Arten and Pursah – the two beings who interpreted the Course for The Disappearance of the Universe – say that, before the illusion of the world arose, there was only God and the Christ Mind (a glorious extension of God, wholly identified with God, Its Creator). Then, a very small aspect of the Christ Mind wondered what it might be like to be on its own, in other words, apart from the rest of Spirit. From the creative power of this thought arose the ego and the actual experience of being separate from God. They go on to say that this tiny aspect of the Christ Mind came to accept the ego as part of itself and the ego’s thoughts as its own. Next, feeling guilt for having separated itself from God, it made the universe and bodies as a “hiding place” to escape imagined punishment for what it had done, and, dividing itself into many individual minds, it entered these bodies. Since they were under the influence of the ego’s physically oriented, false concepts, these minds had lost their awareness of being one with their Creator and, thus, identified themselves with the physical body and its limitations. According to Arten and Pursah, this is how humanity came into being. The entire scenario (Disappearance, Chapter 4) took place in thought only – not in reality, as reality is understood in the context of the Course – hence it is an illusion.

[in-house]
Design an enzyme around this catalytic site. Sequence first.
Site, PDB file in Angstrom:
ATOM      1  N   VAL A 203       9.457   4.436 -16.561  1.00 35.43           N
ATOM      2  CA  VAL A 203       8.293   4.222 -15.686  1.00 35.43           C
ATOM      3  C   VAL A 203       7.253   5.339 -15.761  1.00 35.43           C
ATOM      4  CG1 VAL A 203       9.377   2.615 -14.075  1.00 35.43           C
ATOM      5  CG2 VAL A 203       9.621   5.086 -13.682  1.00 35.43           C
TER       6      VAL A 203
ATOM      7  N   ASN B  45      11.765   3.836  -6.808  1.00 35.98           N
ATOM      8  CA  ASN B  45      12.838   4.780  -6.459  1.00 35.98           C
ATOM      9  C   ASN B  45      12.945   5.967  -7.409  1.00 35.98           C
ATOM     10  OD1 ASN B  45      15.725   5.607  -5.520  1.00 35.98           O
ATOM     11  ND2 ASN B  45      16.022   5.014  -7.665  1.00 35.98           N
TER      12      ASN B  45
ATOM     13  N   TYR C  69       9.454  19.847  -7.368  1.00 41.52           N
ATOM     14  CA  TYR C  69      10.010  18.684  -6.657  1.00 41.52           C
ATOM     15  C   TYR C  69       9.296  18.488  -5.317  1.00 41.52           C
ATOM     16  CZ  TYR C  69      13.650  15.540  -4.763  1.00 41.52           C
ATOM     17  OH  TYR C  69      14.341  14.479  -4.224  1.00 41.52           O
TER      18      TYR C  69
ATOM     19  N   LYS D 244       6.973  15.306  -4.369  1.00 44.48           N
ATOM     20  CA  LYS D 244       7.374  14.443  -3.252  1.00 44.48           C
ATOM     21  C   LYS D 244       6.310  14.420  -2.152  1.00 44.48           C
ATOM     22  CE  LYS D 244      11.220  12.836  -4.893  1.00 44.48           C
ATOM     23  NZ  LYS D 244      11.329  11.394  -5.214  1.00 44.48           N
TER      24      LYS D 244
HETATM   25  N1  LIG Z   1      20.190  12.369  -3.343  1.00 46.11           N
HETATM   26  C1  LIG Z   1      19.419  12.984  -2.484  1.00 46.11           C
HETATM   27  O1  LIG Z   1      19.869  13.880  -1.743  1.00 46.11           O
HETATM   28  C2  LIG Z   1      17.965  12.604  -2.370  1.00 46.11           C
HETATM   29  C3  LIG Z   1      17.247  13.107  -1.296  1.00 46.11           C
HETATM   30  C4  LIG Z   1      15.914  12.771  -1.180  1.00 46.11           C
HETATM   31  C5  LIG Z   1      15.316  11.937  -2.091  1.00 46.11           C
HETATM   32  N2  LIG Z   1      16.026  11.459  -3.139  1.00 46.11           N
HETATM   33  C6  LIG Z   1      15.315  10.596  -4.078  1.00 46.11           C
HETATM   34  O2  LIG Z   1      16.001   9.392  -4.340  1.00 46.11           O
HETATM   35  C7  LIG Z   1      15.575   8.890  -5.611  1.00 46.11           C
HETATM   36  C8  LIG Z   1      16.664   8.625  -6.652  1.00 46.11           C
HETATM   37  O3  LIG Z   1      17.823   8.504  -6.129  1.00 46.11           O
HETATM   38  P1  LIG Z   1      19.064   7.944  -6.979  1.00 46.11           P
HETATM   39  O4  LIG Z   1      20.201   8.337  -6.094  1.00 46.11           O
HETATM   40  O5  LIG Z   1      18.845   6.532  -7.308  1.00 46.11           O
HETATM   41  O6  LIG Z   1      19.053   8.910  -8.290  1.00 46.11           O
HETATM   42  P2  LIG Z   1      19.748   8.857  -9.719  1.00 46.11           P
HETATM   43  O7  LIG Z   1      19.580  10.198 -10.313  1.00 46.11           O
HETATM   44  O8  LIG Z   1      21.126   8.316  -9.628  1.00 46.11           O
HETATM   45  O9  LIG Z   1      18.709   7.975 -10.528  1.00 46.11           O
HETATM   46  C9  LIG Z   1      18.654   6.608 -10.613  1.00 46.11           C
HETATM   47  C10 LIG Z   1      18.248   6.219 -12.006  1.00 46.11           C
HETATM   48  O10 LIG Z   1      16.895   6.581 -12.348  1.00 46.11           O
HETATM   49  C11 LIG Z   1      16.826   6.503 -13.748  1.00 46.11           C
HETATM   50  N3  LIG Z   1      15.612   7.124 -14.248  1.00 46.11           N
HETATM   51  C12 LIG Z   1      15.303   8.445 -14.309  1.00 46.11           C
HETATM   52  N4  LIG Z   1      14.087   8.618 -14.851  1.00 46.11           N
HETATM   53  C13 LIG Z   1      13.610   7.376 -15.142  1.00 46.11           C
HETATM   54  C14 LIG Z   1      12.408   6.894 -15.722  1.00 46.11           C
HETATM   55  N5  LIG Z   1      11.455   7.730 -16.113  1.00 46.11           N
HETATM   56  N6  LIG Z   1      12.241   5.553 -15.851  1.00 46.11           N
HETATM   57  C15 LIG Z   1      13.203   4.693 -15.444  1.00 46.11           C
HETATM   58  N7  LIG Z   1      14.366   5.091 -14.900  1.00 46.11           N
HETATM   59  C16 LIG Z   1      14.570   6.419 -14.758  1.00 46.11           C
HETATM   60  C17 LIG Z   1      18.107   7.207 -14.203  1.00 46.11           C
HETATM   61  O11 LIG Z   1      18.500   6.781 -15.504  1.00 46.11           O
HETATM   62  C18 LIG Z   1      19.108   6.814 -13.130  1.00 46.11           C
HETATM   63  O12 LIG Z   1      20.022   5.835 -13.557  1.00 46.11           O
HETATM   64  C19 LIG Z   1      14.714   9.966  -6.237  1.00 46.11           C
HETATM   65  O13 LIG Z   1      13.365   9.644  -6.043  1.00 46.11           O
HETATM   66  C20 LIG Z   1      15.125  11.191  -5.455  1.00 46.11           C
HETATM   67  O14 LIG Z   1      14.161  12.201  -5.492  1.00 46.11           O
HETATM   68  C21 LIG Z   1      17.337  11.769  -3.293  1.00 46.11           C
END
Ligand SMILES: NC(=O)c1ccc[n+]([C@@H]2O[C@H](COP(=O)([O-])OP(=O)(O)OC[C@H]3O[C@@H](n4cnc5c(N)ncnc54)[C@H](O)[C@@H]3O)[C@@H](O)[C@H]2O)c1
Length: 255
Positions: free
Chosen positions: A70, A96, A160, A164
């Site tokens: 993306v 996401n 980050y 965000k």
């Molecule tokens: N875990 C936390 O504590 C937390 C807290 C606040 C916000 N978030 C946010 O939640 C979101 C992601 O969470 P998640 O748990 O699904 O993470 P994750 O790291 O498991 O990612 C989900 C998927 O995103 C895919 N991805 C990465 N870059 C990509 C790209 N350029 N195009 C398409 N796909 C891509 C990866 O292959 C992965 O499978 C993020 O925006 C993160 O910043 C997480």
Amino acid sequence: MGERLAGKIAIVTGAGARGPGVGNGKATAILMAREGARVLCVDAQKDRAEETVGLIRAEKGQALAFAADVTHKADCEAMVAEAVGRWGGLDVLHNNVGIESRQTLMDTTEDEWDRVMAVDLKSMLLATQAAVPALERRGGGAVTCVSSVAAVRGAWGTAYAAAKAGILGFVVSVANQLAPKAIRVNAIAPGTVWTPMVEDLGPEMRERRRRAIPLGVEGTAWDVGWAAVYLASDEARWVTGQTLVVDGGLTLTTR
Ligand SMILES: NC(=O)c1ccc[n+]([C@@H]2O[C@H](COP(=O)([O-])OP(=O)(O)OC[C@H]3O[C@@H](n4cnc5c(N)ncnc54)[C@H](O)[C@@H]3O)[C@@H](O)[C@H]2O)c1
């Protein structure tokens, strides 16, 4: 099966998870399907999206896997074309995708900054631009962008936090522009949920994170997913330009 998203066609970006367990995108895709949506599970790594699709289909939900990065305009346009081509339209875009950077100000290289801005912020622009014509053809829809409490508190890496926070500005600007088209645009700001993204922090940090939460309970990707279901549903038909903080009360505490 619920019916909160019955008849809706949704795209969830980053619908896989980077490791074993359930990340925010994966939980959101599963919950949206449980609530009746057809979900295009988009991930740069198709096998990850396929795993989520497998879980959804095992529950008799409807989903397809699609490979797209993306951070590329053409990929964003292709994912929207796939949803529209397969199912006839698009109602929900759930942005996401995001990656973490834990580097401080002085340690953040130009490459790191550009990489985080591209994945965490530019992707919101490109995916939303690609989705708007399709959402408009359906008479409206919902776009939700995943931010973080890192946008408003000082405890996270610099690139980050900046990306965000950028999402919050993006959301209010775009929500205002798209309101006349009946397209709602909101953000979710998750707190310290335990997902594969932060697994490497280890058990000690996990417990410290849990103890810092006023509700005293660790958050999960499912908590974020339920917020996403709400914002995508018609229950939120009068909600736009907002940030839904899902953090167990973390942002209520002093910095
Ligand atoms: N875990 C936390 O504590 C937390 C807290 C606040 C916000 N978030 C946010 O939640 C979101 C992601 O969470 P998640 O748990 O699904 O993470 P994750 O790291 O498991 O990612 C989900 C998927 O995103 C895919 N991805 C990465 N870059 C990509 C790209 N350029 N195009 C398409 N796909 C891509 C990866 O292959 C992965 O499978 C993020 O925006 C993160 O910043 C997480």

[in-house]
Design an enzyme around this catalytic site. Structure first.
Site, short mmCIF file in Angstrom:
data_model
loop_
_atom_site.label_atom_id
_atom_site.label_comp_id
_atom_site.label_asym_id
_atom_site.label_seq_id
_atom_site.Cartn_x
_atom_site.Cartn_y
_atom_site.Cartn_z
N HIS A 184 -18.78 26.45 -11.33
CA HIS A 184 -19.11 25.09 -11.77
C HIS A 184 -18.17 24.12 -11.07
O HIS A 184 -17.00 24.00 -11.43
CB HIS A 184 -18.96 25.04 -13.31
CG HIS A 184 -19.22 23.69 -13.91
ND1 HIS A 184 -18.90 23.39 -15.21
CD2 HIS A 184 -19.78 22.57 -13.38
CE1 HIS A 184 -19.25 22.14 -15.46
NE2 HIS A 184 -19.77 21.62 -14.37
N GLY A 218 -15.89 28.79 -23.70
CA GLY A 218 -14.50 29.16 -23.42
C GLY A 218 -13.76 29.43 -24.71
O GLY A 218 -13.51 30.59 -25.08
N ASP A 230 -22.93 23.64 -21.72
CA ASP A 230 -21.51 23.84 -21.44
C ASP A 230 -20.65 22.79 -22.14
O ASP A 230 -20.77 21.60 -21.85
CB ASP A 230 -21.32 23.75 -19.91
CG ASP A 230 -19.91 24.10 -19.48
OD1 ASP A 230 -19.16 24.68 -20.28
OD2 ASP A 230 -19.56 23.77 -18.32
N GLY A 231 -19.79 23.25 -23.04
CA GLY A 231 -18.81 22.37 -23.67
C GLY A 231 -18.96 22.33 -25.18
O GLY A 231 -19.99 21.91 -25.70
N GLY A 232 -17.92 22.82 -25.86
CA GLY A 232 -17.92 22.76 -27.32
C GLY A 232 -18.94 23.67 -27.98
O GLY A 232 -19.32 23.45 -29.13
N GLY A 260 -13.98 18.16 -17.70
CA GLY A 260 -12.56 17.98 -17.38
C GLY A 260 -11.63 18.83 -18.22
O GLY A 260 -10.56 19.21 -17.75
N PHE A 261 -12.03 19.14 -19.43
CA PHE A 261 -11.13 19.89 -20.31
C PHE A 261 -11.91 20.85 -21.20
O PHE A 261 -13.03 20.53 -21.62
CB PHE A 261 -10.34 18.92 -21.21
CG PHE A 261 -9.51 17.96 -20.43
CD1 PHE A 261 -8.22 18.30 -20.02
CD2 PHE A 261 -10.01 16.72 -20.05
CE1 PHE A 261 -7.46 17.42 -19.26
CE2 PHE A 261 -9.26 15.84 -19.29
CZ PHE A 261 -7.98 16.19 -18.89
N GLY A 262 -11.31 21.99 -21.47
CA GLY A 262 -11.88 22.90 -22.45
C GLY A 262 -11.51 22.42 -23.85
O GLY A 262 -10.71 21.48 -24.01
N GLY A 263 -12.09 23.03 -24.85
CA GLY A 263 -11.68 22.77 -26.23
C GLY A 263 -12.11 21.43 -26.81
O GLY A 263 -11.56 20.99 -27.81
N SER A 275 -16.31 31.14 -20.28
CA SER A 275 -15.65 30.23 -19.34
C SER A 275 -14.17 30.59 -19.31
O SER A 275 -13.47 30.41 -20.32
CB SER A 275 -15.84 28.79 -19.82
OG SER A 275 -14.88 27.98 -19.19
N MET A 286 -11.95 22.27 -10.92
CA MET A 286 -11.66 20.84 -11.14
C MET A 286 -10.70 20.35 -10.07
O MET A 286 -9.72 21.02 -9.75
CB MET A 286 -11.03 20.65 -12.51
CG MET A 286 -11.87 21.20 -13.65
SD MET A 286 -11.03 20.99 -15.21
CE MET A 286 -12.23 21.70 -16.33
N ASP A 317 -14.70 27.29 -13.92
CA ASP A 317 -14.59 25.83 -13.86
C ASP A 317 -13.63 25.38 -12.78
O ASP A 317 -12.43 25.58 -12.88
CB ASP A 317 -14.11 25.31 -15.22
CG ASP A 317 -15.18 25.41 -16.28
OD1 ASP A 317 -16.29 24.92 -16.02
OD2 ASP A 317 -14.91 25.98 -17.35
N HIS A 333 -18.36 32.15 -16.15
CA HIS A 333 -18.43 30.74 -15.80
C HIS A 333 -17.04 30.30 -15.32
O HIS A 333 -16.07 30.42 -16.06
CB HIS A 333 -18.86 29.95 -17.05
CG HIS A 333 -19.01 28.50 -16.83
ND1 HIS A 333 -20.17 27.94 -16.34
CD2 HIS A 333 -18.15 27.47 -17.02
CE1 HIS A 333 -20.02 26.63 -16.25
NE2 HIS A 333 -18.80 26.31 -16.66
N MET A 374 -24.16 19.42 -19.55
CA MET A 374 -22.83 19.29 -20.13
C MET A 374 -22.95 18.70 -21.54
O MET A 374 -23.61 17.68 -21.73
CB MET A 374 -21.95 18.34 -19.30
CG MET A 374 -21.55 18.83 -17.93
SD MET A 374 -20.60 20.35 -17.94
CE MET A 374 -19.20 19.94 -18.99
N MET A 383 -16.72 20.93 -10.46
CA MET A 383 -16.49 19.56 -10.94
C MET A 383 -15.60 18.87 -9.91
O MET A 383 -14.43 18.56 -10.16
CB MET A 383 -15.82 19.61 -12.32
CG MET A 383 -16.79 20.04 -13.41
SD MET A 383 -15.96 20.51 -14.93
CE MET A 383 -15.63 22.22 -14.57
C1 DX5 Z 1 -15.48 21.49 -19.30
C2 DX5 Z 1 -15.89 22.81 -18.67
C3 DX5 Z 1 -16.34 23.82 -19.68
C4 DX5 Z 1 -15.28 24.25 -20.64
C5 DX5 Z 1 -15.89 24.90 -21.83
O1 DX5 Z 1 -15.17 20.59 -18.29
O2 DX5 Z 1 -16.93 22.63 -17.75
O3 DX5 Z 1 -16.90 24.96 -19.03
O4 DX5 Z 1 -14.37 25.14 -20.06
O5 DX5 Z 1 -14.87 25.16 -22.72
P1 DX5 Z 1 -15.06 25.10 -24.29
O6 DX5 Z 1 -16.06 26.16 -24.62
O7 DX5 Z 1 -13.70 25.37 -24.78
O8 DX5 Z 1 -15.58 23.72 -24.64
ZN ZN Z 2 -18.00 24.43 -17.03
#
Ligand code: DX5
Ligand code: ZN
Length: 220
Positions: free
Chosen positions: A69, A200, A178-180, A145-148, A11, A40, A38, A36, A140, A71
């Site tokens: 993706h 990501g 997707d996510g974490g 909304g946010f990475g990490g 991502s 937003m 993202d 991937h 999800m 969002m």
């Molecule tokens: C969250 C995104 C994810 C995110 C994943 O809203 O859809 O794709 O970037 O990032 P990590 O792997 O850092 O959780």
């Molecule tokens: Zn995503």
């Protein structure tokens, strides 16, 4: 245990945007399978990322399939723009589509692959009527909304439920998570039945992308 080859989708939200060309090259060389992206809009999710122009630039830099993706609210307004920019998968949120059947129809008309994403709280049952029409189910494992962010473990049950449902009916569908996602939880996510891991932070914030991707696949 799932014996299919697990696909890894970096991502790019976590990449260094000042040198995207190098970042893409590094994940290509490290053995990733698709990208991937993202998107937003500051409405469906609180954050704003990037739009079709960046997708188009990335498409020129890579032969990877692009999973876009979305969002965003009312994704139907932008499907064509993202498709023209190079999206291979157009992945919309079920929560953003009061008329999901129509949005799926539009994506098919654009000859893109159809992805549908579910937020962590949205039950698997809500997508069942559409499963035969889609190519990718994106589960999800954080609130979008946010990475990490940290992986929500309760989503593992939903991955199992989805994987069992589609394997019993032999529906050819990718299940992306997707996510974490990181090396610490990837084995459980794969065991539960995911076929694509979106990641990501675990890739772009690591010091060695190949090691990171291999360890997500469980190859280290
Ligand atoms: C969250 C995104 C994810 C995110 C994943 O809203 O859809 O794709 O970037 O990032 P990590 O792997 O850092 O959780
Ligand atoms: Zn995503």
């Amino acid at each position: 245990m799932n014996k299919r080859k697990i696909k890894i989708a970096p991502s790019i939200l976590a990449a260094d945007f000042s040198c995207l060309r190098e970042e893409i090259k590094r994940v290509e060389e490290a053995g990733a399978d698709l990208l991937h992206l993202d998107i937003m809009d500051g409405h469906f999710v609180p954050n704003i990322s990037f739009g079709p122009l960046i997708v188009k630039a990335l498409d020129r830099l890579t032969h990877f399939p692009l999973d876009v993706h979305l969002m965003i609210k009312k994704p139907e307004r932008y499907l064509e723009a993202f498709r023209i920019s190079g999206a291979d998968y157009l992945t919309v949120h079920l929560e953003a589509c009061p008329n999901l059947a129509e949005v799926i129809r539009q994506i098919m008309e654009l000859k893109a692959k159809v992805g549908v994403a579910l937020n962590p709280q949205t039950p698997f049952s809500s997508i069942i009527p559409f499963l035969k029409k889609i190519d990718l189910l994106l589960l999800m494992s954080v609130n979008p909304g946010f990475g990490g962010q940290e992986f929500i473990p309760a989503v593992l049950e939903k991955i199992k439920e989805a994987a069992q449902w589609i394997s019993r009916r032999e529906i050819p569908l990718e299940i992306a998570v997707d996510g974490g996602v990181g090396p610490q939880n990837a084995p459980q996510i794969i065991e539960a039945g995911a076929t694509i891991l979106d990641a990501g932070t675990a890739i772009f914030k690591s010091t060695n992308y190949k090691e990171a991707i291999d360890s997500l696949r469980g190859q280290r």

Arten and Pursah’s teachings about why and how the universe and human bodies were made are not found in the Course. The Course says that the Sons of God made a world of their own imagining, but does not give any details about the sequence of events or try to put into words the nature of the “substance” from which the world was made. However, many enlightened masters have taught that the universe and bodies were created by God or an aspect of God and infused with Spirit, and that humans, or at least many of them, having been given the gift of free will to think and act as they chose, imagined themselves as separate from each other and God, and fell from grace. Some sacred writings mention that God is still creating and explain the nature of the Fall. Though different masters describe the Creation from different perspectives, they all concur with the teaching of the Course that the world is unreal, in the sense that we perceive it in terms of dualities (opposites), relativity and change. From their own, personal experience during exalted states of awareness, they are familiar with the glorious, eternal, unchanging reality of God, Spirit, and the highest heaven – the Heaven spoken of in the Course – and they teach that, in contrast, the world, as we experience it, is an illusion and not real. They usually speak of it as a cosmic motion picture or dream, projected onto the screen of human consciousness, which is unlike God, Spirit, or the highest heaven, or even the divine light that is the substance of this cosmic dream. In addition, each person’s experience of the world is subjective, colored by the nature and content of that person’s mind. Even time is an illusion, for, as Jesus and the masters tell us, only the eternal present is real.